9 Worst Foods for Depression

Food and Depression

Depression has been called the silent killer, but certain foods and beverages can be working just as stealthily to worsen the symptoms of this potentially deadly disorder. Research has demonstrated how diet can create negative or positive impacts on mental health. Unfortunately, the typical American diet has been known to exacerbate everything from anxiety to autism. With over 7% of the adult population suffering from depression, it’s important to know which foods can help fight this common disorder—and which to avoid. Here’s a quick look at some of the worst offenders.

With over 7% of the adult population suffering from depression, it’s important to know which foods can help fight this common disorder—and which to avoid. Click To Tweet

9 Foods That Make Depression Worse

1. Vegetable Oils

Common vegetable oils, including canola, corn, safflower, and soy, contain higher levels of omega-6 fatty acids, which have been associated with inflammation, depressive disorder, memory issues, and a decline in cognitive function, including Alzheimer’s. As a 2007 study published in Psychosomatic Medicine found, diets high in omega-6 to omega-3 polyunsaturated fatty acid ratios may lead to enhanced risk for both depression and inflammatory diseases. The reasons for this may be evolutionary. Research suggests that as early humans evolved, they ate a diet with an almost equal ratio of omega-6 to omega-3, but in our industrialized society, omega-6 intake (from foods like vegetable oils) far surpasses omega-3 intake. This significant imbalance means that the brain does not obtain the fuel it needs to function optimally, leading to issues like depression.

2. Trans Fats

Trans fats came under fire in the U.S. after the turn of the millennium, and for good reason. Though the FDA banned trans fats in 2015, giving manufacturers a few years to comply, food labeling can be misleading, as trans fats contain less than 0.5 grams can be expressed as “0 grams.” These fats are found in partially hydrogenated oils—still found in many processed convenience foods, like store-bought baked goods, microwave popcorn, frozen pizza, fried foods, margarine, and more. In addition to their well-publicized negative health effects, such as rising levels of “bad cholesterol,” trans fats have also been linked to depressive symptoms. Multiple studies have shown that trans fats cause inflammation and therefore have a negative effect on mental well-being.

3. Alcohol

Though many Americans reach for booze to self-medicate in the face of everything from clinical depression to short-term stresses, alcohol ultimately makes people feel worse, not better. In addition to its dehydrating nature, unpleasant behavioral side effects, and alarming consequences for the brain, alcohol can actually increase depressive symptoms and suicidal thoughts. A 2019 report in Alcohol Research noted that psychiatric disorders, including anxiety and mood disorders, commonly co-occur with alcohol use disorder (AUD), with depressive disorders being the most common. What’s more, when both depression and AUD are present, both the symptoms and prognosis are worse—including a greater risk of suicidal behavior.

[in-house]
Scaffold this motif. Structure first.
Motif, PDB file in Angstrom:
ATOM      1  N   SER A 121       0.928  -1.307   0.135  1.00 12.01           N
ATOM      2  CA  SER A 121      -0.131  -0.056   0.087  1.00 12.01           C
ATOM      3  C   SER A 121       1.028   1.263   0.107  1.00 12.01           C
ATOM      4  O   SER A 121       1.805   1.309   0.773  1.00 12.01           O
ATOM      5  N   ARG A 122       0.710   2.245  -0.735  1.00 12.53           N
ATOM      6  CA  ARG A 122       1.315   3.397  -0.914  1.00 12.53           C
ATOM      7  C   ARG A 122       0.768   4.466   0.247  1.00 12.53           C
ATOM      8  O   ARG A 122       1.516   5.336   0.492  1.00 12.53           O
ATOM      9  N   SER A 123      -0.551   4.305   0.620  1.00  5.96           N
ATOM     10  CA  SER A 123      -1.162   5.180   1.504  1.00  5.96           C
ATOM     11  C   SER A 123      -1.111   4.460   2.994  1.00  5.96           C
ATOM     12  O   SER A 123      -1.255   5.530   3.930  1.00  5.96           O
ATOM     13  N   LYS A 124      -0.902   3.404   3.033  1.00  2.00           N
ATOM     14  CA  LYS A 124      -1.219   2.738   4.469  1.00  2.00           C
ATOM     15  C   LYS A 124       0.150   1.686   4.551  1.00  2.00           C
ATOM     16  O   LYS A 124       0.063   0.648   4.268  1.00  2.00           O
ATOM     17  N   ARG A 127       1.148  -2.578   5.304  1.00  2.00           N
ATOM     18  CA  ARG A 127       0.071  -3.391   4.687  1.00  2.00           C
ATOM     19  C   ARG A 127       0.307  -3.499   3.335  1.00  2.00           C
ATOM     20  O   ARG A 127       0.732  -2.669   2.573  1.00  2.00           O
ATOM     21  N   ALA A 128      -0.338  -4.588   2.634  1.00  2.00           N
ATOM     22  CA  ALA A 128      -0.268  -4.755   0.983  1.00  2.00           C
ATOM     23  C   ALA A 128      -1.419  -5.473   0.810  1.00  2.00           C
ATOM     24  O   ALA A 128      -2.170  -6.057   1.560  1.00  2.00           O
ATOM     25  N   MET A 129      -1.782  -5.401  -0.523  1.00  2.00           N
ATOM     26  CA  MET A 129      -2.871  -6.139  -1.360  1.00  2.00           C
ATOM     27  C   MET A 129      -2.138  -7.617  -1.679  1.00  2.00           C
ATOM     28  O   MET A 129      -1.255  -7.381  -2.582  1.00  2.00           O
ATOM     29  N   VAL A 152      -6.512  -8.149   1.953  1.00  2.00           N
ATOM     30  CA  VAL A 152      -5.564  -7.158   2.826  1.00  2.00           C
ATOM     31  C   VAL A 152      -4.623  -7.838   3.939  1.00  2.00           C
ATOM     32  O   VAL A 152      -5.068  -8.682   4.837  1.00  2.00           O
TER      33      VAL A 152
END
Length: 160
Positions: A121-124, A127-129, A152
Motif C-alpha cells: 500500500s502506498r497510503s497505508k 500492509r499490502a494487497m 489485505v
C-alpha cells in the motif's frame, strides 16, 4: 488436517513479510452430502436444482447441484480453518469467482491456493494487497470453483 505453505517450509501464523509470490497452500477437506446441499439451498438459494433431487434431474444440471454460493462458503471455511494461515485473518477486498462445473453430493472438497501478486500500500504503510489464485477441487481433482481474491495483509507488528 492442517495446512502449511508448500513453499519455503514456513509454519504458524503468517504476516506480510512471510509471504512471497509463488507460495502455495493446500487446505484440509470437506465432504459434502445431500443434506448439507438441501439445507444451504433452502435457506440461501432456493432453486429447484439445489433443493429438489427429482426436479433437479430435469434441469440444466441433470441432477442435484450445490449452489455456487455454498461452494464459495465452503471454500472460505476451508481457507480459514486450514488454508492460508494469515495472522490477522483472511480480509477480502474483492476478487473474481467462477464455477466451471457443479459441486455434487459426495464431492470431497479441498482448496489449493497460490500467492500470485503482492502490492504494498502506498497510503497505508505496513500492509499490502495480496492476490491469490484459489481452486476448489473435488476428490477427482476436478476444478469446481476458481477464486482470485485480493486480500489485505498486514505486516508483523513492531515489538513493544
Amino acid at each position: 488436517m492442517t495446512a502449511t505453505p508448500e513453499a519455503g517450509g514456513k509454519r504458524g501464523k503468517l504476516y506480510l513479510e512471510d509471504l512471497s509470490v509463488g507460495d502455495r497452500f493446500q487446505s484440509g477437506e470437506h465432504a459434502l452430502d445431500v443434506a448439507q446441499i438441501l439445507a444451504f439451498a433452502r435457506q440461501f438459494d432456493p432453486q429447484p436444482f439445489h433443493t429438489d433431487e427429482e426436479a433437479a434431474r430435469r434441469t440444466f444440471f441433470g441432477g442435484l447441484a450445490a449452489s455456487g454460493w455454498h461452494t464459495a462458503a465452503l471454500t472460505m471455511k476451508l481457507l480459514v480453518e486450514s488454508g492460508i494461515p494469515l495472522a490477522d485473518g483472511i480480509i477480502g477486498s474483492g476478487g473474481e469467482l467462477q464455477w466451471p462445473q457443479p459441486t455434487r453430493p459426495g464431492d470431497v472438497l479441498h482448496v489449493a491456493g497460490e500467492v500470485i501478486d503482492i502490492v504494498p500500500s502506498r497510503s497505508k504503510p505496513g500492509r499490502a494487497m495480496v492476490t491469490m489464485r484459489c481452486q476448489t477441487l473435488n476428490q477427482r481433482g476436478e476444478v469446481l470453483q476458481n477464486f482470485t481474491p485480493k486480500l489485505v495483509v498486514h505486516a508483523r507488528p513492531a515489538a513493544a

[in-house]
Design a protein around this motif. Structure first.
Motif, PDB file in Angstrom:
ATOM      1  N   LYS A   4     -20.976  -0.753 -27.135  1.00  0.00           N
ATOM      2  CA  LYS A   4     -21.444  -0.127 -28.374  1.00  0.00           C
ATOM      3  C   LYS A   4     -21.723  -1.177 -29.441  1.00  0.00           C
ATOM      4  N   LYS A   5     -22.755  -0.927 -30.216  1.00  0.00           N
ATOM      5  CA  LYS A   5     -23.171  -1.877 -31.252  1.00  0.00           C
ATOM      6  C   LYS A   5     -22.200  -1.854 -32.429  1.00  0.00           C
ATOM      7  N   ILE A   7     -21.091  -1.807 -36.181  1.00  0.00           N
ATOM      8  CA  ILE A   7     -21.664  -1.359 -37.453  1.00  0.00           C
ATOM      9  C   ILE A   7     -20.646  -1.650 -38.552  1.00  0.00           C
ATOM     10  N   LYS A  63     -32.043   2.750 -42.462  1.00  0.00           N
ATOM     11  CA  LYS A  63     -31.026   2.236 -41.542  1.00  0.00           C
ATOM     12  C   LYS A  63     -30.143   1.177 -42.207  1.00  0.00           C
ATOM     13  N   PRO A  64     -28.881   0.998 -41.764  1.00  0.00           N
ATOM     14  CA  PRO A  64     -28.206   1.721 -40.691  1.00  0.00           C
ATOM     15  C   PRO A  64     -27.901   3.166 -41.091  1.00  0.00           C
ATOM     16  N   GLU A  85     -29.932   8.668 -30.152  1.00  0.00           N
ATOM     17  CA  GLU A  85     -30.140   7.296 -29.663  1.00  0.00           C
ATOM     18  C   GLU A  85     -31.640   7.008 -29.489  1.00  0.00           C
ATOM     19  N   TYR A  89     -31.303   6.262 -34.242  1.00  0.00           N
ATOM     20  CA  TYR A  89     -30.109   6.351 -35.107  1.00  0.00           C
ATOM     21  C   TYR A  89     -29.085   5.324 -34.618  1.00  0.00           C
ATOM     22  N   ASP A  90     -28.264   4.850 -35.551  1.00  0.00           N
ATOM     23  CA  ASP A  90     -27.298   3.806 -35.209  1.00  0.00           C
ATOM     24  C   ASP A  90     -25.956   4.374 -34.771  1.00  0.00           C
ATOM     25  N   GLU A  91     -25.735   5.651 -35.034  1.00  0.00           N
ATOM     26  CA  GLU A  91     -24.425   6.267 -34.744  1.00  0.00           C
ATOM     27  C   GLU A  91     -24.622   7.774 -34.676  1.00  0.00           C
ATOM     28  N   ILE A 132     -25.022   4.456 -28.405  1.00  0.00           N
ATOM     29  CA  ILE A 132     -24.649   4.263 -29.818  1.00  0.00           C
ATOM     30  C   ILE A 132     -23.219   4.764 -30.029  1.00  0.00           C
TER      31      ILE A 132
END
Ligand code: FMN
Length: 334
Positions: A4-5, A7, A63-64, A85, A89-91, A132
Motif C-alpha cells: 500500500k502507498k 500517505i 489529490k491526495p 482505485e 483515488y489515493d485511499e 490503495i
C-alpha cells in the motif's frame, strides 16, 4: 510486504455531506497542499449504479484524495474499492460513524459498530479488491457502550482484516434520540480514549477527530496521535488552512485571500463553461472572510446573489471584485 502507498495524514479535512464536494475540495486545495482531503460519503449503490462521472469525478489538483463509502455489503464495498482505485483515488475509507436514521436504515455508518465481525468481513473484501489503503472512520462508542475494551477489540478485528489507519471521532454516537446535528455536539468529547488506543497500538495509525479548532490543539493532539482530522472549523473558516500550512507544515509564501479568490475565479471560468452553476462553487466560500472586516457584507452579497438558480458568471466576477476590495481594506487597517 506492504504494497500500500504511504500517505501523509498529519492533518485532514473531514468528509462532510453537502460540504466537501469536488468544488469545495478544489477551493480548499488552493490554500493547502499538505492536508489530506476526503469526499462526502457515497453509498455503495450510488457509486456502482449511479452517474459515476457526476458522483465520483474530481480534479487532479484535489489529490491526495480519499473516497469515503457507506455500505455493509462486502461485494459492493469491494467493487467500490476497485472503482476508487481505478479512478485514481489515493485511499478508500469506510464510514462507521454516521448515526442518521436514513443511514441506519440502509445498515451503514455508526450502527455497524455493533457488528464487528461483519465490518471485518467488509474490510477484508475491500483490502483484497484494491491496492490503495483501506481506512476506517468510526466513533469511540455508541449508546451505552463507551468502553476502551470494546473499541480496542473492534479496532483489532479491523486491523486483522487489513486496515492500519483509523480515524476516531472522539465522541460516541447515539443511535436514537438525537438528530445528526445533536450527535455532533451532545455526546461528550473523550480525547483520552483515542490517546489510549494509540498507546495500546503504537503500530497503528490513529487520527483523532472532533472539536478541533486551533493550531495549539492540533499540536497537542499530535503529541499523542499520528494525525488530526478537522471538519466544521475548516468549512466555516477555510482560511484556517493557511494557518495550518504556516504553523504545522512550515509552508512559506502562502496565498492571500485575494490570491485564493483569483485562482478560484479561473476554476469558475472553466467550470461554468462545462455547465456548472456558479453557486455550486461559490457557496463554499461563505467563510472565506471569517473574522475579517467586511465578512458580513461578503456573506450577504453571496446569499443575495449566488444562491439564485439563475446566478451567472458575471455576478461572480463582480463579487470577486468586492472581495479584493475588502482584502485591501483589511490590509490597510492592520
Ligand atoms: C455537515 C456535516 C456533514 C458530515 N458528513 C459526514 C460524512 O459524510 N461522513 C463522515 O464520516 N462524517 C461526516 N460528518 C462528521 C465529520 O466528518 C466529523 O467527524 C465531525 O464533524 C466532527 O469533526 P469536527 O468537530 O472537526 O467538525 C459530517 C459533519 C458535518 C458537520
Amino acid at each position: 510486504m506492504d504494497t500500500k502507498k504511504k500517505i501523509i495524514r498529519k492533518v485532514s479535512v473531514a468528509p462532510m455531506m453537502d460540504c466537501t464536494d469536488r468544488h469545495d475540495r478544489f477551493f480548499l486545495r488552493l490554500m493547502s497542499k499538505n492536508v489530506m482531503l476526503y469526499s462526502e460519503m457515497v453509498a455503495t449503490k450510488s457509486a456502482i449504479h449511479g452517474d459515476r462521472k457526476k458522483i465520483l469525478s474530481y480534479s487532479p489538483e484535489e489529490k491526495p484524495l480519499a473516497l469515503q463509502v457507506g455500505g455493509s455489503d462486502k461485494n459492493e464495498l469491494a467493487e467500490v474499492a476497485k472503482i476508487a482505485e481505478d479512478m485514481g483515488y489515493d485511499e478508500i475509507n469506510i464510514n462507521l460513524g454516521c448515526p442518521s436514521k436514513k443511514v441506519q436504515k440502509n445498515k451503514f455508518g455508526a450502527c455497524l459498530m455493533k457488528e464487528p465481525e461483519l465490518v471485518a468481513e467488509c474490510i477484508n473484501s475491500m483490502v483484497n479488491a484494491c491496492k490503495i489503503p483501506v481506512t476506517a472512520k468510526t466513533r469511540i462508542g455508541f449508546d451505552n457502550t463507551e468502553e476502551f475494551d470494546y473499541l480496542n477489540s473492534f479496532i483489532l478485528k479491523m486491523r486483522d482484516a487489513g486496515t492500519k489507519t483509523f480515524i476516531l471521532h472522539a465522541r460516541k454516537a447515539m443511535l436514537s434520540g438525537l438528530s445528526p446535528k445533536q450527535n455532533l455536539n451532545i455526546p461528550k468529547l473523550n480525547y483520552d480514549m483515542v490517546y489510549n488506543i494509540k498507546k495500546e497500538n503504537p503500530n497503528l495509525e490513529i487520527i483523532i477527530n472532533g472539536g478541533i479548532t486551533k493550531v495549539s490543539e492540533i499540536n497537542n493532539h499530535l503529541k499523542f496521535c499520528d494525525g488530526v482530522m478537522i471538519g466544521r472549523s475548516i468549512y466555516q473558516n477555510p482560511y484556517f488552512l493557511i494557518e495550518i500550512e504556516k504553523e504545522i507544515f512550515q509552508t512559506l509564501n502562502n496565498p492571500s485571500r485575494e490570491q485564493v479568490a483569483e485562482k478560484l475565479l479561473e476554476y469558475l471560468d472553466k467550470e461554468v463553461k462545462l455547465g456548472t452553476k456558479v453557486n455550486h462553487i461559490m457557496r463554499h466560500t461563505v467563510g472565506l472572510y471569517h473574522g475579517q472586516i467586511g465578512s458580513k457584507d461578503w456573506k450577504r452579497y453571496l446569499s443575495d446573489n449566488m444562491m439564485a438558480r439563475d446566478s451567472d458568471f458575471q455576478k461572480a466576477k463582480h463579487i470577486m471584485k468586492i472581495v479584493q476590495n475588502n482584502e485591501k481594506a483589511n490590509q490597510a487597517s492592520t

4. Meat Alternatives

Adopting a vegetarian diet sounds like a good idea for one’s personal health and the health of the planet, but there are potential downsides. A 2021 study published in the Journal of Affective Disorders explained that, among almost 50,000 participants, vegetarians tallied higher depression scores. One of the researchers detailed in Psychology Today several possible reasons for the link, suggesting that depressive symptoms may precede this dietary choice and not the other way around. Regardless, when vegetarians and flexitarians alike decide to replace their former go-to proteins with highly processed meat alternatives, it’s important to scan labels to understand what’s actually inside that protein replacement. Or try filling your plate with whole foods like vegetables, grains, and healthy fats, and, if you must, make meat alternatives an occasional indulgence.

5. High-Glycemic Foods

Eating a diet chock full of foods with a high glycemic index, such as sweetened drinks, processed meats, and processed baked goods, has been linked to a greater risk of depression through various research, including a 2015 study in the American Journal of Clinical Nutrition. Collecting and analyzing data from almost 70,000 women with no history of mental health disorders (including depression) or substance abuse, they found that those eating a high-glycemic diet, with high levels of refined carbs, had an increased risk of depression. Interestingly, after the study’s 3-year period, researchers concluded that added sugars, not total sugars or total carbohydrates, were strongly associated with the onset of depression.

6. Toxic Fish

Research shows that mercury can contribute to a surprising array of health complications, including neurological, immune, cardiac, reproductive, and even genetic disorders. While fish are often considered healthy choices for their rich omega-3 content, some varieties of fish contain dangerously high levels of mercury, and exposure to heavy metals has been linked to depression, anxiety, Alzheimer’s, Parkinson’s, autism, and lupus, among other health concerns. Here’s a general rule of thumb: The larger the fish, the higher the mercury content, so choose smaller types. Organizations like Seafood Watch and the FDA can help with providing safe recommendations.

7. Artificial Sweeteners